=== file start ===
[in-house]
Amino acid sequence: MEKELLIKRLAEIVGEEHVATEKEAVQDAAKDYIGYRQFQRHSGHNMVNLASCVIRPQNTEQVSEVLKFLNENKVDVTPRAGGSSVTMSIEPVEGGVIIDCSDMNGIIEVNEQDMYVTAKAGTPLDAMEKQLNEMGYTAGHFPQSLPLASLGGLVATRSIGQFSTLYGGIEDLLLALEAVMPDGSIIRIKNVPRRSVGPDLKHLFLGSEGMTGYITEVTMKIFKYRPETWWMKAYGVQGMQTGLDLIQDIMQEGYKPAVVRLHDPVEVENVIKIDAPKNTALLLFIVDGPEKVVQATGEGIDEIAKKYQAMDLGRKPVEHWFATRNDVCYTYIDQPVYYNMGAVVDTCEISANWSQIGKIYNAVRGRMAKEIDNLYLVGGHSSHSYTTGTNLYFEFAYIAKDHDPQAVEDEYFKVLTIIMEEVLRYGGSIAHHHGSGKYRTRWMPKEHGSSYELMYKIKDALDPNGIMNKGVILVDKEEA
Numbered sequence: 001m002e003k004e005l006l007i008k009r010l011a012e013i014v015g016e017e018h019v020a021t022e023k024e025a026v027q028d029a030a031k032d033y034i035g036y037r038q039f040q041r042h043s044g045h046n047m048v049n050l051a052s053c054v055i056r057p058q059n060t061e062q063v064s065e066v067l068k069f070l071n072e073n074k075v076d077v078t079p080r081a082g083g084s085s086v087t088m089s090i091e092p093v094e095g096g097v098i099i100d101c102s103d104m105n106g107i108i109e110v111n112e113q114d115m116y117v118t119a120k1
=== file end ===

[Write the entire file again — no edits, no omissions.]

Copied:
[in-house]
Amino acid sequence: MEKELLIKRLAEIVGEEHVATEKEAVQDAAKDYIGYRQFQRHSGHNMVNLASCVIRPQNTEQVSEVLKFLNENKVDVTPRAGGSSVTMSIEPVEGGVIIDCSDMNGIIEVNEQDMYVTAKAGTPLDAMEKQLNEMGYTAGHFPQSLPLASLGGLVATRSIGQFSTLYGGIEDLLLALEAVMPDGSIIRIKNVPRRSVGPDLKHLFLGSEGMTGYITEVTMKIFKYRPETWWMKAYGVQGMQTGLDLIQDIMQEGYKPAVVRLHDPVEVENVIKIDAPKNTALLLFIVDGPEKVVQATGEGIDEIAKKYQAMDLGRKPVEHWFATRNDVCYTYIDQPVYYNMGAVVDTCEISANWSQIGKIYNAVRGRMAKEIDNLYLVGGHSSHSYTTGTNLYFEFAYIAKDHDPQAVEDEYFKVLTIIMEEVLRYGGSIAHHHGSGKYRTRWMPKEHGSSYELMYKIKDALDPNGIMNKGVILVDKEEA
Numbered sequence: 001m002e003k004e005l006l007i008k009r010l011a012e013i014v015g016e017e018h019v020a021t022e023k024e025a026v027q028d029a030a031k032d033y034i035g036y037r038q039f040q041r042h043s044g045h046n047m048v049n050l051a052s053c054v055i056r057p058q059n060t061e062q063v064s065e066v067l068k069f070l071n072e073n074k075v076d077v078t079p080r081a082g083g084s085s086v087t088m089s090i091e092p093v094e095g096g097v098i099i100d101c102s103d104m105n106g107i108i109e110v111n112e113q114d115m116y117v118t119a120k1